By Kelsey Thalhofer

Capital Press

A petition to make milk an optional part of school lunches ignores the drink’s nutritional value and is rooted in a vegan agenda, health experts say.

The petition, filed July 19 by Physicians Committee for Responsible Medicine — which calls itself a national, nonprofit health-advocacy organization — claims that milk does not contribute to bone health and that its sugar and fat content can lead to childhood obesity.

It suggests calcium-fortified soy milk, rice milk and fruit juice as more nutritional alternatives for school lunches, and encourages the USDA to recommend that Congress amend the National School Lunch Act.

The USDA has received the petition is reviewing it.

“Milk is its own component because of the irreplaceable package of nutrients it provides,” Anne Goetze, registered and licensed dietitian at the Oregon Dairy Products Commission, said.

Though many foods are rich in calcium, milk allows the body to easily absorb the nutrient, Goetze said, and it’s dense in calcium. It would take 2.5 cups of broccoli, or 4 cups of pinto beans, to replace the calcium in just one 8-ounce glass of milk. The 2010 Dietary Guidelines for Americans recommends 2-3 glasses per day.

A PCRM spokeswoman acknowledged the group’s outspoken advocacy for veganism, vegetarianism and anti-animal agriculture, and said that less than 7 percent of its 150,000 members are physicians.

“This kind of petition fits with other things they’ve tried in the past,” Goetze said. The group has also launched a campaign against hot dogs and offers a meal plan for those interested in starting a vegan diet.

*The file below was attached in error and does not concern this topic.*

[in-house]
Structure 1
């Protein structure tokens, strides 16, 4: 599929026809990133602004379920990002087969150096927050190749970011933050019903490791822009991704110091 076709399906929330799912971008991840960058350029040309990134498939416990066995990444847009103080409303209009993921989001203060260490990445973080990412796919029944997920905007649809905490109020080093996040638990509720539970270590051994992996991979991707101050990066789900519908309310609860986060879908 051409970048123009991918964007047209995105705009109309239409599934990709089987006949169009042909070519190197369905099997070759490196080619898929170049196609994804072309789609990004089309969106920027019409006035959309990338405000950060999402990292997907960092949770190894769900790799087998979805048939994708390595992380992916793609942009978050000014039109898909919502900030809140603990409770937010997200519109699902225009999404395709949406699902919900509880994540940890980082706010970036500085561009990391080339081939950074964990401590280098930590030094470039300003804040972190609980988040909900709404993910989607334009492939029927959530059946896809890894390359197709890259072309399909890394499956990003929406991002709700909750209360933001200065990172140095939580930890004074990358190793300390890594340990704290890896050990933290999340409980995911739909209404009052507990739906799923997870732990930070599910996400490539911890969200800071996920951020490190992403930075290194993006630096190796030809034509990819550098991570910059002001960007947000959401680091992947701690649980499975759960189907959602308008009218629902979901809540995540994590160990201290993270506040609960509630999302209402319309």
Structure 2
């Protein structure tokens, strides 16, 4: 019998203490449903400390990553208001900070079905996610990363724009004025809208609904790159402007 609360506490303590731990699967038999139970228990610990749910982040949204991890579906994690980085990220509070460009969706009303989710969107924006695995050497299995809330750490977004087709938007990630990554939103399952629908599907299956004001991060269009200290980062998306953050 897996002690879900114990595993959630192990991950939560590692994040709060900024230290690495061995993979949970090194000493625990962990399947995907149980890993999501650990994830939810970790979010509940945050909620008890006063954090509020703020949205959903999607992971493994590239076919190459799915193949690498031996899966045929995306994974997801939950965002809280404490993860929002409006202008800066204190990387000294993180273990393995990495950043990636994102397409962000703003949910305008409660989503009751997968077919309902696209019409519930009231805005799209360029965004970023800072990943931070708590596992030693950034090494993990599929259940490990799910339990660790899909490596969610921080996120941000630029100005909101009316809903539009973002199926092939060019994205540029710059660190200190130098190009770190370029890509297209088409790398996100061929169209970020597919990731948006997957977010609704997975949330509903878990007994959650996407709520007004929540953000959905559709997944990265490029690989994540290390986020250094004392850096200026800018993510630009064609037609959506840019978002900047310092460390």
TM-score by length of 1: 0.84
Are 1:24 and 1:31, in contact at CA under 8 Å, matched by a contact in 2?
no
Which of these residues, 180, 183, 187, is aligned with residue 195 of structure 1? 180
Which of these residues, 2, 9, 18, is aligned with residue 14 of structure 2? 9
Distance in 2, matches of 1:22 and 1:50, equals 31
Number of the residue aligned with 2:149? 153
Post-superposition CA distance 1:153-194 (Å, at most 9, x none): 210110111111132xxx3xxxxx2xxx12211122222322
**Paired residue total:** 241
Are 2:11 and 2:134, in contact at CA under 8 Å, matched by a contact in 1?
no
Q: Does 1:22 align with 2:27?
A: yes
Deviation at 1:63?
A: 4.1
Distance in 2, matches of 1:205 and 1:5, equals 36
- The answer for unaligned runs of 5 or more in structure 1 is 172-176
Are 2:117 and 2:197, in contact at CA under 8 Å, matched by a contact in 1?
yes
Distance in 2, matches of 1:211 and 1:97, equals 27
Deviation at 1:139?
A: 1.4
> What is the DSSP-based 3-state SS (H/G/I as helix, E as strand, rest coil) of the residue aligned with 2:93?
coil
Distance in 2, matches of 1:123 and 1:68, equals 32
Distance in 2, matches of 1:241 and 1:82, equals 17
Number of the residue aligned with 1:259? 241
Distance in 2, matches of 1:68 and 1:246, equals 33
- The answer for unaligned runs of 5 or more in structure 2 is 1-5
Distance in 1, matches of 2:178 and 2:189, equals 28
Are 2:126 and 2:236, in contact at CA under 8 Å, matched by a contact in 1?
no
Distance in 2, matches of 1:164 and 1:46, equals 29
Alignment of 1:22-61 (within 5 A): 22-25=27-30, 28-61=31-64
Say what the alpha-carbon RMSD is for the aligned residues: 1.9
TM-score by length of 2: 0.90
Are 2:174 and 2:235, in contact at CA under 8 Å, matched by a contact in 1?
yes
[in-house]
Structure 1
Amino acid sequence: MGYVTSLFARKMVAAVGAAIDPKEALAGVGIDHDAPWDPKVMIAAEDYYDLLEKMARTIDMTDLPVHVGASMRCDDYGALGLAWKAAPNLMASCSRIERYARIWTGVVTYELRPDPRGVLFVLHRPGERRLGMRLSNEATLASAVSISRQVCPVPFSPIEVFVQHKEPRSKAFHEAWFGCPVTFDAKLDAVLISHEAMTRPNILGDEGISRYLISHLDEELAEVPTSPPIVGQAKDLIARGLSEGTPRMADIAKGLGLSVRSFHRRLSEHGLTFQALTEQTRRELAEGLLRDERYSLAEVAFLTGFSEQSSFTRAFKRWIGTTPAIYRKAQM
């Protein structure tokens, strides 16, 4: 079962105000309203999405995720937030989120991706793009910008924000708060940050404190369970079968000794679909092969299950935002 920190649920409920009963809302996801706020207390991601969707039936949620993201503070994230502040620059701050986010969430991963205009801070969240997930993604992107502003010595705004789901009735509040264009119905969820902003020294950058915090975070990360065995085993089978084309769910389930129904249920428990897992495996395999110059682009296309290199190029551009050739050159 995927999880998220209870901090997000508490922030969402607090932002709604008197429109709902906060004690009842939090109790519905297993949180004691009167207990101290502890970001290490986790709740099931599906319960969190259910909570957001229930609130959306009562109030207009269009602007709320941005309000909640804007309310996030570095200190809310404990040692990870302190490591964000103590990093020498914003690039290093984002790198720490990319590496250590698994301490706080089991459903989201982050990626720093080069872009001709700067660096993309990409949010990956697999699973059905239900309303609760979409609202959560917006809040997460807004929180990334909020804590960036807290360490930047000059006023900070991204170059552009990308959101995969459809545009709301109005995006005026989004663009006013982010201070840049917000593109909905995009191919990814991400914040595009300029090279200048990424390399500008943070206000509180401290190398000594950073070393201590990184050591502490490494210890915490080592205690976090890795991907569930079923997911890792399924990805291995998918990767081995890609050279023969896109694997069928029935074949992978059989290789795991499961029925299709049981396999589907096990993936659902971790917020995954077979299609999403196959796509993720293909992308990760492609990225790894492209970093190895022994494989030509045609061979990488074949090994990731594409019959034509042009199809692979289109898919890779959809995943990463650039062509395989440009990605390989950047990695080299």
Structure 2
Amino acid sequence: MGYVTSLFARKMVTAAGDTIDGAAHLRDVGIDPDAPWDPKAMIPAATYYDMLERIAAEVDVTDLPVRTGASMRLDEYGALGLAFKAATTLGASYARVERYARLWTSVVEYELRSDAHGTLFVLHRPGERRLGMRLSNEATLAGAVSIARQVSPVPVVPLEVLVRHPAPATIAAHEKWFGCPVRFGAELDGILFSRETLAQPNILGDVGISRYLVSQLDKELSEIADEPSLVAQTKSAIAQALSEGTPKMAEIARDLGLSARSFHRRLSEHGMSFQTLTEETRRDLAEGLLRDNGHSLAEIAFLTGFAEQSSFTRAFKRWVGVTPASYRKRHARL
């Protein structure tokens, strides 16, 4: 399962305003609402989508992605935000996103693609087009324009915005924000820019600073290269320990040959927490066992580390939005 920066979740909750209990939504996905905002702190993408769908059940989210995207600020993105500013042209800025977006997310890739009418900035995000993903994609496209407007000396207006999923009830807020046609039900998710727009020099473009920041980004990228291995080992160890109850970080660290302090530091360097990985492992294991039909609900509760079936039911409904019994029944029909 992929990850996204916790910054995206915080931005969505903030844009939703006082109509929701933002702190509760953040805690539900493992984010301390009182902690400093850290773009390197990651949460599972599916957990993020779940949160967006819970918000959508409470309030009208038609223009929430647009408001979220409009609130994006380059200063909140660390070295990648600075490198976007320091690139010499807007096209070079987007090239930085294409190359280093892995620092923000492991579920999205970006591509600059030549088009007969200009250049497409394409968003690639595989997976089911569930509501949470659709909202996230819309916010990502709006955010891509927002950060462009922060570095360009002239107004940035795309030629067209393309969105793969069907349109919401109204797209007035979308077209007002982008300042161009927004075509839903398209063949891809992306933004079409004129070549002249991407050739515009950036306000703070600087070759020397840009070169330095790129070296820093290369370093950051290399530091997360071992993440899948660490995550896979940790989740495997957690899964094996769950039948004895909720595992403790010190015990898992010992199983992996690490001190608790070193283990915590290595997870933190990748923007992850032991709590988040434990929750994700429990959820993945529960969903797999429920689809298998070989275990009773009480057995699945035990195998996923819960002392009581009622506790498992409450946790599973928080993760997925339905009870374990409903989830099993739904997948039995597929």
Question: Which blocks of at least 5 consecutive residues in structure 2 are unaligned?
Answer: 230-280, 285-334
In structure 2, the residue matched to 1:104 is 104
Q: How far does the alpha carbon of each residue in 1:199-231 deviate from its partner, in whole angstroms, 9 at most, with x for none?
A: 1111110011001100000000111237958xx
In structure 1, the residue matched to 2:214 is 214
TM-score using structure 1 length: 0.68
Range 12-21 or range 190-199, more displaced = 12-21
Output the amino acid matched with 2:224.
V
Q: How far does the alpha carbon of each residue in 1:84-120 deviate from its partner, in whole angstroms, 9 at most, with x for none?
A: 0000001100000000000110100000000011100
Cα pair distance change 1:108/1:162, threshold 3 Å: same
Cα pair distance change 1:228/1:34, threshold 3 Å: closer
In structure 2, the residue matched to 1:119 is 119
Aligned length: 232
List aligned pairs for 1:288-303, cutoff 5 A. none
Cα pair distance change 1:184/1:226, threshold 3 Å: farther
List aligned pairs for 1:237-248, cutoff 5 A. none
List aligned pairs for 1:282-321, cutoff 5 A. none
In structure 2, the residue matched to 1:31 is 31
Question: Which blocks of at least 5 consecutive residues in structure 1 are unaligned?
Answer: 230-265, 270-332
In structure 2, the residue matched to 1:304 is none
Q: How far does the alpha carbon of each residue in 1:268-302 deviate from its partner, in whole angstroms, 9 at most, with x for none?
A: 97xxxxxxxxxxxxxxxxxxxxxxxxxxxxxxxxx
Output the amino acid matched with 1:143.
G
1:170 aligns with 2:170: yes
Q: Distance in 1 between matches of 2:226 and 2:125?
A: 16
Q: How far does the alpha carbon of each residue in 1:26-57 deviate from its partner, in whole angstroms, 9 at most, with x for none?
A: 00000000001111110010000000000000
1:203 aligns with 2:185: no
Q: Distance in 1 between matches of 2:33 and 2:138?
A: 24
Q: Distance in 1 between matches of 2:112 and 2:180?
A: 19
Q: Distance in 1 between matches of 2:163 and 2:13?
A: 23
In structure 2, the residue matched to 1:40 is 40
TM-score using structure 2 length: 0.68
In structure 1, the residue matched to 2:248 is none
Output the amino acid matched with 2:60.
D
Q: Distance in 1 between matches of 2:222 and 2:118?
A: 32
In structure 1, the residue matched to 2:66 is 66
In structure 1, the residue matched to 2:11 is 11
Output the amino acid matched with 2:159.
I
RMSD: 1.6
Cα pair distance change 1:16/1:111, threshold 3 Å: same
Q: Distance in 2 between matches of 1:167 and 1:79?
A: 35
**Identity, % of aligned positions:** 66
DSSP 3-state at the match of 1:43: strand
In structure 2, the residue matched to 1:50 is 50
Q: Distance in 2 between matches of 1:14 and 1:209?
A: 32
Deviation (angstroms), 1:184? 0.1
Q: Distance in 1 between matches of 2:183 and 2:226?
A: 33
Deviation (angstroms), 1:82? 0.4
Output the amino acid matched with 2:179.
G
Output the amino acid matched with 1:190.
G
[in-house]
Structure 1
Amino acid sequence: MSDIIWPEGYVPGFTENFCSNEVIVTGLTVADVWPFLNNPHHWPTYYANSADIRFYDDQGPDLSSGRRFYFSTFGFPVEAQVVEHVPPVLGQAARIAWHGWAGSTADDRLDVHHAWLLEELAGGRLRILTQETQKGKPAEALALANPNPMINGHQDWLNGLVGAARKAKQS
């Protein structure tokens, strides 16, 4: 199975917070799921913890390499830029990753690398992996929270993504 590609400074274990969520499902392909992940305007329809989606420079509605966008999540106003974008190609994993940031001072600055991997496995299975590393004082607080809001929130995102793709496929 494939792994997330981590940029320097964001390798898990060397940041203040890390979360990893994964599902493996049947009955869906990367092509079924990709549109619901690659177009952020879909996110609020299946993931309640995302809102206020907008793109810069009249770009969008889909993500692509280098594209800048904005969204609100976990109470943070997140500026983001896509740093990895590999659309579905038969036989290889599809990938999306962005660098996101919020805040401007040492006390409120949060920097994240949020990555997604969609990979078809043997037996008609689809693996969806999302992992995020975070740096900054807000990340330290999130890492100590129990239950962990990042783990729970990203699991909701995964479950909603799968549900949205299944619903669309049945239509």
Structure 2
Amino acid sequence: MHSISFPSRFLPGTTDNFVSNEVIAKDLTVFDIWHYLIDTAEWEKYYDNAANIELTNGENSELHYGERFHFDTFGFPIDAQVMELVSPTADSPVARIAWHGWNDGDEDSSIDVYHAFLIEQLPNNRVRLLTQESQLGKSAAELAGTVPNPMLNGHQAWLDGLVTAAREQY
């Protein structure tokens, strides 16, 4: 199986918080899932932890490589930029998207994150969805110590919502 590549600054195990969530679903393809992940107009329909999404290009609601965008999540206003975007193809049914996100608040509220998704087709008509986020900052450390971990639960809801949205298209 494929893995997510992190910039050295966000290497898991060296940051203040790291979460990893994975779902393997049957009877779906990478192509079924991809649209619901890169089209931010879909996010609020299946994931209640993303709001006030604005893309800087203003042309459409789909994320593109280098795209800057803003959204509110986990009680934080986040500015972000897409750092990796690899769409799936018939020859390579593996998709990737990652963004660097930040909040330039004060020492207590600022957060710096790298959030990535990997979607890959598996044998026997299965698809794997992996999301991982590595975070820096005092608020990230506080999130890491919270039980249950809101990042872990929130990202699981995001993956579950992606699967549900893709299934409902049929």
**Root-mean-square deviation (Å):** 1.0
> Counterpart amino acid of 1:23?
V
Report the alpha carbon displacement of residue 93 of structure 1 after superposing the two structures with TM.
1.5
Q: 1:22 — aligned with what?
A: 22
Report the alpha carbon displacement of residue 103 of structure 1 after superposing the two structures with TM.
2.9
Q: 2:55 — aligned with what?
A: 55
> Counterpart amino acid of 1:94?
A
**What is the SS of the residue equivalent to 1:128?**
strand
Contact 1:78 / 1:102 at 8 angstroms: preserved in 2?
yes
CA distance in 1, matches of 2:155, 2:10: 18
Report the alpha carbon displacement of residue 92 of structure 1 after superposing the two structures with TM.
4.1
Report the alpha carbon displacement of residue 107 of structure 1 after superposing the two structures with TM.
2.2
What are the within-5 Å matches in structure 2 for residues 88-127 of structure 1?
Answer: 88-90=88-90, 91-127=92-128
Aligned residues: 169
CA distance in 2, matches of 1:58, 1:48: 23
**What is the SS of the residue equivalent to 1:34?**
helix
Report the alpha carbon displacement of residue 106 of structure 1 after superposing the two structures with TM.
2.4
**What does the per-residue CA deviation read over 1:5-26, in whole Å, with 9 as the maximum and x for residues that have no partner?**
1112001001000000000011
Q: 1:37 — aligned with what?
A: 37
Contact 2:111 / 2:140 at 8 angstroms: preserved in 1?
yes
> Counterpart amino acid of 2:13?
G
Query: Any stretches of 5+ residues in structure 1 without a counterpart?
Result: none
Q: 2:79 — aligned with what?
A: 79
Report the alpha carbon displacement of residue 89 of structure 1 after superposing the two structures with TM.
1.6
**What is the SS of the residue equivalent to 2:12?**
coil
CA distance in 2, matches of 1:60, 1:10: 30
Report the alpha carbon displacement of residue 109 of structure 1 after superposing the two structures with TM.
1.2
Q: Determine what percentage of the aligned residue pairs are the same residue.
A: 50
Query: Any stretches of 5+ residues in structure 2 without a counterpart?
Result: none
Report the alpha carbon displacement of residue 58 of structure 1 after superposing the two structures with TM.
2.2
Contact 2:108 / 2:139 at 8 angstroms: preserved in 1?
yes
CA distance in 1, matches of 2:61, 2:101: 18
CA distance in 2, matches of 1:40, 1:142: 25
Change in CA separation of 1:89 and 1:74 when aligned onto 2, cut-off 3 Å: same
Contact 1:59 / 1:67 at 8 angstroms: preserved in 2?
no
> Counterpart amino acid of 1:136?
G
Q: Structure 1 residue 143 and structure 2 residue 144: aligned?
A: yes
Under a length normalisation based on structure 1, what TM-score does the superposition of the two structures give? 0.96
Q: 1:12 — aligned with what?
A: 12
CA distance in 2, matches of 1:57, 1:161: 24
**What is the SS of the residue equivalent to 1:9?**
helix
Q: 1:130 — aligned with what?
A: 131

“The reason we do these petitions is because as kids become increasingly unhealthier we need these changes to happen faster,” Susan Levin, registered dietitian and PCRM director of Nutrition Education, said.

The PCRM petition said telling kids to drink milk is “the promotion of an ineffective placebo.”

Levin confirmed that the petition was born of the group’s “evidence-based standpoint” of veganism and vegetarianism. She said that offering calcium-rich vegetables in schools would provide an incentive for kids to make healthier lunch choices.

According to the Journal of the American Academy of Pediatrics, U.S. kids get 65 percent of their calcium from dairy products.

Goetze said it’s difficult for anyone to get the recommended 800-1,200 mg of calcium each day without consuming milk.

“We tend to look at nutrient density,” Goetze said. “Dairy foods have a lot of nutrients per calorie.”

A USDA ruling that went into effect July 1 allowed schools receiving federal food program reimbursement to serve only 1 percent or fat-free plain milk or fat-free flavored milk, ruling out 2 percent and whole milk.

Milk sold in schools makes up 7 percent of total milk sales in the U.S., according to David Pelzer, vice president of industry relations and communications at Dairy Management Inc.

Though the petition has created a buzz around the value of milk in school lunch programs, Pelzer said the dairy industry isn’t concerned.

“The Physicians Committee for Responsible Medicine is just trying to drum up attention,” he said.

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